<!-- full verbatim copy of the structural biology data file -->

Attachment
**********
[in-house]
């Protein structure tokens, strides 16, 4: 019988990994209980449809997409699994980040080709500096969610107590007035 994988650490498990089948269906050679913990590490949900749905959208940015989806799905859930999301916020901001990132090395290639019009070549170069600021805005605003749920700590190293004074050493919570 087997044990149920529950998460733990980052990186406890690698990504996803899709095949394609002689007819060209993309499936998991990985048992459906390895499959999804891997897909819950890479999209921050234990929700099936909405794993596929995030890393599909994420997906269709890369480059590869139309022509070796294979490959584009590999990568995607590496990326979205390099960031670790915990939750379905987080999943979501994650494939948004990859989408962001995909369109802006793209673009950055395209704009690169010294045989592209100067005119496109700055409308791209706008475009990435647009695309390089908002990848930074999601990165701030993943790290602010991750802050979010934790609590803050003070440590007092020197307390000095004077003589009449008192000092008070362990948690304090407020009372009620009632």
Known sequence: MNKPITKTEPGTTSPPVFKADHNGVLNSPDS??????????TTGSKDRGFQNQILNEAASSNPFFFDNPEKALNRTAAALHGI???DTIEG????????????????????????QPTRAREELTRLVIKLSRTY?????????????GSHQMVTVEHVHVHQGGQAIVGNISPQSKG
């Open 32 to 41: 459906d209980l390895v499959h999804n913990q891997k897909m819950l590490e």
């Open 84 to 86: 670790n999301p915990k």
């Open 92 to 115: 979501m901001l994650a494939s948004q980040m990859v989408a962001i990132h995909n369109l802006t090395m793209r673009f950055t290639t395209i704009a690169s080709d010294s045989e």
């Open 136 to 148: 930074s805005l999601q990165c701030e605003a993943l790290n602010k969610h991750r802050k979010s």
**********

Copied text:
[in-house]
């Protein structure tokens, strides 16, 4: 019988990994209980449809997409699994980040080709500096969610107590007035 994988650490498990089948269906050679913990590490949900749905959208940015989806799905859930999301916020901001990132090395290639019009070549170069600021805005605003749920700590190293004074050493919570 087997044990149920529950998460733990980052990186406890690698990504996803899709095949394609002689007819060209993309499936998991990985048992459906390895499959999804891997897909819950890479999209921050234990929700099936909405794993596929995030890393599909994420997906269709890369480059590869139309022509070796294979490959584009590999990568995607590496990326979205390099960031670790915990939750379905987080999943979501994650494939948004990859989408962001995909369109802006793209673009950055395209704009690169010294045989592209100067005119496109700055409308791209706008475009990435647009695309390089908002990848930074999601990165701030993943790290602010991750802050979010934790609590803050003070440590007092020197307390000095004077003589009449008192000092008070362990948690304090407020009372009620009632």
Known sequence: MNKPITKTEPGTTSPPVFKADHNGVLNSPDS??????????TTGSKDRGFQNQILNEAASSNPFFFDNPEKALNRTAAALHGI???DTIEG????????????????????????QPTRAREELTRLVIKLSRTY?????????????GSHQMVTVEHVHVHQGGQAIVGNISPQSKG
């Open 32 to 41: 459906d209980l390895v499959h999804n913990q891997k897909m819950l590490e």
């Open 84 to 86: 670790n999301p915990k």
């Open 92 to 115: 979501m901001l994650a494939s948004q980040m990859v989408a962001i990132h995909n369109l802006t090395m793209r673009f950055t290639t395209i704009a690169s080709d010294s045989e």
């Open 136 to 148: 930074s805005l999601q990165c701030e605003a993943l790290n602010k969610h991750r802050k979010s």